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New FALCON Tools Enable Diploid Assemblies from SMRT Sequencing Data

Monday, October 17, 2016

In a Nature Methods paper released today, scientists describe the new bioinformatics tools to produce diploid genome assemblies from SMRT Sequencing reads. FALCON (Fast ALignment and CONsensus for assembly) and FALCON-Unzip were developed by PacBio scientists in collaboration with researchers at Johns Hopkins University, Cold Spring Harbor Laboratory, the Joint Genome Institute, and other institutions.

Phased diploid genome assembly with single-molecule real-time sequencing” comes from lead authors Chen-Shan Chin and Paul Peluso, senior author Michael Schatz, and collaborators. In the publication, the team details how FALCON and FALCON-Unzip work and presents data from several validation studies of organisms including Arabidopsis, the Cabernet Sauvignon grape, and the diploid fungus Clavicorona pyxidata.

“Currently available genome assemblies rarely capture the heterozygosity present within a diploid or polyploid species,” Chin et al. write. “Most assemblers output a mosaic genome sequence that arbitrarily alternates between parental alleles.” That leads to a loss of important information about differences between homologous chromosomes. To address this issue, the team developed the diploid-aware FALCON assembler and FALCON-Unzip, a tool for resolving haplotypes. Both tools are open-source.

As the authors describe it, “The FALCON assembler follows the design of the hierarchical genome assembly process (HGAP) but uses more computationally optimized components.” FALCON builds a string graph with bubbles representing differences between paired chromosomes. “FALCON-Unzip identifies read haplotypes using phasing information from heterozygous positions that it identifies,” they add. The phased reads are used to construct contigs for both haplotypes as well as the unique sequence for each chromosome, resulting in a “final diploid assembly with phased single-nucleotide polymorphisms (SNPs) and structural variants (SVs).”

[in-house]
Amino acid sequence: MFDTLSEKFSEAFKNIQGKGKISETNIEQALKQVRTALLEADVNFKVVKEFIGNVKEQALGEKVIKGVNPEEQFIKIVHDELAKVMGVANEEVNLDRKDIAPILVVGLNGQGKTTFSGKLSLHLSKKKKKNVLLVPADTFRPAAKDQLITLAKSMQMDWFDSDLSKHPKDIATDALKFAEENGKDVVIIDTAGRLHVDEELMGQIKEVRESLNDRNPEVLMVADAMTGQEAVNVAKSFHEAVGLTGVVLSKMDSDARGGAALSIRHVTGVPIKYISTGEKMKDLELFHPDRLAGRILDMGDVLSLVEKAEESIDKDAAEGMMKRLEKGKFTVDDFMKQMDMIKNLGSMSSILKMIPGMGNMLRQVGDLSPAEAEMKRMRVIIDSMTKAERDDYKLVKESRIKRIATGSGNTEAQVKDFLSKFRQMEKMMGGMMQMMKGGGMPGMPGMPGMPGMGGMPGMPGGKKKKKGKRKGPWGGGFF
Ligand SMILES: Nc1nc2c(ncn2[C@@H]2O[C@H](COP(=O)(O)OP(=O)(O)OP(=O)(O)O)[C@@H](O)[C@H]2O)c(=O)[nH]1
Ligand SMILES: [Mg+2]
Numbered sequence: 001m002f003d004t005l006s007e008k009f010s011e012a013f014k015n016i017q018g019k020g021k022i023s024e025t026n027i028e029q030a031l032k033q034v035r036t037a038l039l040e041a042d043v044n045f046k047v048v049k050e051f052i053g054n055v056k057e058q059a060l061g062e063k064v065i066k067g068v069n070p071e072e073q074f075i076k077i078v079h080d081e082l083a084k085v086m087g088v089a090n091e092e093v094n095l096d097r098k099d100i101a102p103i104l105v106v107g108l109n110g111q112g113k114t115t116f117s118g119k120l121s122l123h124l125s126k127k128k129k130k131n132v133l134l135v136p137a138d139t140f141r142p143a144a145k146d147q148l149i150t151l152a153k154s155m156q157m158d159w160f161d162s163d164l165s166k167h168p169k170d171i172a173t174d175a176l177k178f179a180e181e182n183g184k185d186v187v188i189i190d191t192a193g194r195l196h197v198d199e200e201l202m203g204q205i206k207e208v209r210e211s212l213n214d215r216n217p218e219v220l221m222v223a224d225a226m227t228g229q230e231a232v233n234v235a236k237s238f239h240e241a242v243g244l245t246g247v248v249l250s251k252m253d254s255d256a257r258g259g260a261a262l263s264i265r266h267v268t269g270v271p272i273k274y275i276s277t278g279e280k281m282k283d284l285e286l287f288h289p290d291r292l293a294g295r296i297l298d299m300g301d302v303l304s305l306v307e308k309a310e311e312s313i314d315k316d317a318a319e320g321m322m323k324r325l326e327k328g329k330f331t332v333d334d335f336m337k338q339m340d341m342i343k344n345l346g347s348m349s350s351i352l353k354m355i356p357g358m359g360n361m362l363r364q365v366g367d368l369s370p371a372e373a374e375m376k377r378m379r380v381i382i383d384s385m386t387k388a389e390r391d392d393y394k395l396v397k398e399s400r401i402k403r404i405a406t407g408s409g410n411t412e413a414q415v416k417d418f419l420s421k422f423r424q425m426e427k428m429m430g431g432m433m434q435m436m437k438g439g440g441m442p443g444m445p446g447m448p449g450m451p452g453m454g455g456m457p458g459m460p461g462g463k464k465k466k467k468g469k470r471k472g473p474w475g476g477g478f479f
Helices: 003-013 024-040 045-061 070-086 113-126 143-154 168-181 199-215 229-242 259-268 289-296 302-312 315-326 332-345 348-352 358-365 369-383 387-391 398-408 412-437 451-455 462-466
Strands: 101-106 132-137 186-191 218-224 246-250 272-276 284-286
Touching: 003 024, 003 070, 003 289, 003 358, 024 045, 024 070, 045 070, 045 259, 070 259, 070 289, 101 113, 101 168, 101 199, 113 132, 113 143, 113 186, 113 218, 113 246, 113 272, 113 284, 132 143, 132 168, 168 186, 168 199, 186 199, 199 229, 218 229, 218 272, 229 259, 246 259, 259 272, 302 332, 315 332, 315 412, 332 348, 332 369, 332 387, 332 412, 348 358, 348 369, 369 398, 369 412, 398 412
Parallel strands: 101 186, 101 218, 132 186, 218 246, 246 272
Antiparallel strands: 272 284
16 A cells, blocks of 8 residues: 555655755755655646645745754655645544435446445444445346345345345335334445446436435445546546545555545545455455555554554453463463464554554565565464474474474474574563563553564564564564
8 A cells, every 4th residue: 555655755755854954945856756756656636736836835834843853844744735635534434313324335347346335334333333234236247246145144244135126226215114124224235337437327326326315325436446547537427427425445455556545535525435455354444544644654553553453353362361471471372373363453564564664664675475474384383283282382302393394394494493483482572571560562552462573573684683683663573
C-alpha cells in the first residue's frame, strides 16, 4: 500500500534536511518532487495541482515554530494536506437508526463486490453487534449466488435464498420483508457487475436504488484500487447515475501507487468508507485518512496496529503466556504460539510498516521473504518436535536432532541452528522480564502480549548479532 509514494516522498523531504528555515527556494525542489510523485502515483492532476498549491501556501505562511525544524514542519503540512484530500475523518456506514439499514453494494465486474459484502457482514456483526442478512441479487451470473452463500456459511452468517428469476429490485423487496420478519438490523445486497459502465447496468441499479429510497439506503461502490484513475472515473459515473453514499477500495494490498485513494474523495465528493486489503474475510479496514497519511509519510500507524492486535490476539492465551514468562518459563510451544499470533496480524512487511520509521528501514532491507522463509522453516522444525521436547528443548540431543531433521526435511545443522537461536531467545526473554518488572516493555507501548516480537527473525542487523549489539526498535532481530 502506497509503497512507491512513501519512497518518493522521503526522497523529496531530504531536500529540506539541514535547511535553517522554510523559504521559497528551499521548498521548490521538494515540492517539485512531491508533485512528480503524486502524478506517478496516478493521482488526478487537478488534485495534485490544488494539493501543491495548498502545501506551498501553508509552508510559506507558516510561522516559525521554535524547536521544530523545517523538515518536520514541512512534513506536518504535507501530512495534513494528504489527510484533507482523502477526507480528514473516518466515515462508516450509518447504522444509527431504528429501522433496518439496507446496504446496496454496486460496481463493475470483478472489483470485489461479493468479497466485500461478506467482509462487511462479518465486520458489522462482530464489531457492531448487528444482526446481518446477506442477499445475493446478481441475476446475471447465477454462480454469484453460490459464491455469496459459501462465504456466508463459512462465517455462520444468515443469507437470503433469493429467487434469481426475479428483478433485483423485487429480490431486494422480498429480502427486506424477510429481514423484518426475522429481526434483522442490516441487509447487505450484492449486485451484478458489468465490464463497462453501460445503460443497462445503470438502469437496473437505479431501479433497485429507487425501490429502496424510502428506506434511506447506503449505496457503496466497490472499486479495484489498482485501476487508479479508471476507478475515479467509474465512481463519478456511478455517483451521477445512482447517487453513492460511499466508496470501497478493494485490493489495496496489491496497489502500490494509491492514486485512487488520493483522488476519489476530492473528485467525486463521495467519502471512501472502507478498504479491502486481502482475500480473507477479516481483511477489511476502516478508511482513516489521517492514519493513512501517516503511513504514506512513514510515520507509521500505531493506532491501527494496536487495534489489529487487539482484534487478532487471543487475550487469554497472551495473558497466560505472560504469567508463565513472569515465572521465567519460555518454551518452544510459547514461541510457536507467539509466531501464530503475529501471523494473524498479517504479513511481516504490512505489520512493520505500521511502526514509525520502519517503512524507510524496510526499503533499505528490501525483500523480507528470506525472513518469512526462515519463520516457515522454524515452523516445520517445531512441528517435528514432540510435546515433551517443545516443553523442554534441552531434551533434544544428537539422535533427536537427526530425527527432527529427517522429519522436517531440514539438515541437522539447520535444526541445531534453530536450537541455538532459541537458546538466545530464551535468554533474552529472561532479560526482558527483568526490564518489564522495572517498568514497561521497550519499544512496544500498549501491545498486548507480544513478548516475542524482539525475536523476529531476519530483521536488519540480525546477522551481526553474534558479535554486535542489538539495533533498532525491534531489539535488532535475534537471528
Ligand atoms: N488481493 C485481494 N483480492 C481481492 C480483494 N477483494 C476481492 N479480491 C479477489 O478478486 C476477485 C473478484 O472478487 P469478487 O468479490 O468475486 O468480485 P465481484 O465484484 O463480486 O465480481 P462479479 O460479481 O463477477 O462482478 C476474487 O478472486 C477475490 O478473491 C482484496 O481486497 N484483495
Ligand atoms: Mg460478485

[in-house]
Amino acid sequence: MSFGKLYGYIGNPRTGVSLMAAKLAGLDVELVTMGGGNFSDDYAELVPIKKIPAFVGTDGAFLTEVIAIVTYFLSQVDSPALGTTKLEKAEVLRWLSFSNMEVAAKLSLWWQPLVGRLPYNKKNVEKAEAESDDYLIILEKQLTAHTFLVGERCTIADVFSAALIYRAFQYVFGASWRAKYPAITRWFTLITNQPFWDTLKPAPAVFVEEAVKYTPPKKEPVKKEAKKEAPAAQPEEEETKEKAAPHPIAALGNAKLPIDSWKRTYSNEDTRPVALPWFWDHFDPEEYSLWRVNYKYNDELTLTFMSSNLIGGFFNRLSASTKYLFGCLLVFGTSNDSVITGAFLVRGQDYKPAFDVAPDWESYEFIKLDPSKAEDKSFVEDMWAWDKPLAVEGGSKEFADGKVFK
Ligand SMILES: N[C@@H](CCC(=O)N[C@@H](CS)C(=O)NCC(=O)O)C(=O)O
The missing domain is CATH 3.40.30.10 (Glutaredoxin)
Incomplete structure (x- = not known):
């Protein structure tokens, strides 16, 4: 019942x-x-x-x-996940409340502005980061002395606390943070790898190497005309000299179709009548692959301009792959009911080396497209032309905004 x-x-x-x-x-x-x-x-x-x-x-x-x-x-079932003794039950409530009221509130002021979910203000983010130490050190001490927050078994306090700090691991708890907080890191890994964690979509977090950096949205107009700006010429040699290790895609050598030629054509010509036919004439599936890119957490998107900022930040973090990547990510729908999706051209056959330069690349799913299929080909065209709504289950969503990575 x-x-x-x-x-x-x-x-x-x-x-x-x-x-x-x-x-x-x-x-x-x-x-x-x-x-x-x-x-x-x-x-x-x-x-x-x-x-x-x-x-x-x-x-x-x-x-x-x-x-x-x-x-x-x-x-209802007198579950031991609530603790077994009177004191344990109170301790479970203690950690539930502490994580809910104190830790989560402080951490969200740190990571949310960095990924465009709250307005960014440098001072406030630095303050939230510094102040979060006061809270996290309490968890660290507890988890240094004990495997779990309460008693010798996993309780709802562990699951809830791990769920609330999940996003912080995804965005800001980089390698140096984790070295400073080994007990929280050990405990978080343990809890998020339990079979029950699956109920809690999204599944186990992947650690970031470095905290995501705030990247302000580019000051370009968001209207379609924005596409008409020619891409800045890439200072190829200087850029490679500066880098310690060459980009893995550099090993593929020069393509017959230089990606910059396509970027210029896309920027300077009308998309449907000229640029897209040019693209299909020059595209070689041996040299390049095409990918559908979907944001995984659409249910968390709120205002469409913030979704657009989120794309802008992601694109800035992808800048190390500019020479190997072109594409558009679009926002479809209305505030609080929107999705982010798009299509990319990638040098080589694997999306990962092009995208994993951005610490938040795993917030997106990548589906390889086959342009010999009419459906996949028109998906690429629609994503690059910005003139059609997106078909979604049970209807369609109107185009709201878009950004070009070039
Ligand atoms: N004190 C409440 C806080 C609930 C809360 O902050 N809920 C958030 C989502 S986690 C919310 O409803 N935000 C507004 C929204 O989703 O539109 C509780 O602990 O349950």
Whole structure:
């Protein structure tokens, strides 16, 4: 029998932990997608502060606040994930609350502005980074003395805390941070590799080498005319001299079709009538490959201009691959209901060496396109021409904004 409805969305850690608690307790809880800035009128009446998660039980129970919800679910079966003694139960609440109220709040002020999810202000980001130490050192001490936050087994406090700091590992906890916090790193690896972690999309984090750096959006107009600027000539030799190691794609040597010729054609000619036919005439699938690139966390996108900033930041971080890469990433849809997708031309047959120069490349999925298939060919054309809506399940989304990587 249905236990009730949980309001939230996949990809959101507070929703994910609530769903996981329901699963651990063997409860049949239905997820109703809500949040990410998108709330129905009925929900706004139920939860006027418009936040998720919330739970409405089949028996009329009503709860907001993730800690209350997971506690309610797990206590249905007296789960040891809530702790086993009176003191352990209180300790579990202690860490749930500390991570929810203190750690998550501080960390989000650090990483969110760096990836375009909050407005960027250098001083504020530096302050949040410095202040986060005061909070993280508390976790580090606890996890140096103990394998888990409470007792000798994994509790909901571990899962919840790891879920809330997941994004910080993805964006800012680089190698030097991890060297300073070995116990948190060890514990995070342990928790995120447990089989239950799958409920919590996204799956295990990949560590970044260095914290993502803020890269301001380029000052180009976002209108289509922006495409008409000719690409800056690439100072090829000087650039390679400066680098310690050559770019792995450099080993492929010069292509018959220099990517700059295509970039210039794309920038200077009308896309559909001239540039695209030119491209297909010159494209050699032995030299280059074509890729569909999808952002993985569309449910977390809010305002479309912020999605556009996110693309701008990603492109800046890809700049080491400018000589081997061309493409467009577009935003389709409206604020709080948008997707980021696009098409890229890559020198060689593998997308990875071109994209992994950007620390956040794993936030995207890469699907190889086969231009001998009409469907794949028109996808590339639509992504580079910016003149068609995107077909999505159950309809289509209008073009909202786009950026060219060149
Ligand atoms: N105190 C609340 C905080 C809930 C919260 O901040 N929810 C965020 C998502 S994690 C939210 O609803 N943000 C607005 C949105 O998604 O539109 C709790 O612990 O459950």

The team assembled a trio of Arabidopsis plants for validating the accuracy of the haplotype speration, then applied the tools to the fungus and wine grape genomes. “In all three genomes that we studied, the FALCON/FALCON-Unzip assembly was two- to three-fold more contiguous than alternative long-read assemblers and 30- to >100-fold more contiguous than state-of-the-art short-read assemblers,” they report. In Arabidopsis, for instance, they were able to resolve haplotype chromosomes for almost the entire genome. In the V. vinifera grape, the diploid assembly revealed high variation rates in homologous regions, and in C. pyxidata it showed long stretches of much lower heterozygosity than expected.

This new view of genomes could have major implications for characterizing methylation, gene expression, and regulatory elements. “More systematic study of phased diploid references will expose the detailed cis-regulatory mechanisms of differential expression in diploid genomes to improve our general understanding of the biology beyond haploid genomes,” the scientists write. “Looking forward, we expect many new opportunities for understanding diploid and polyploid genomic diversity and its impact on genome annotation, gene regulation, and evolution.”

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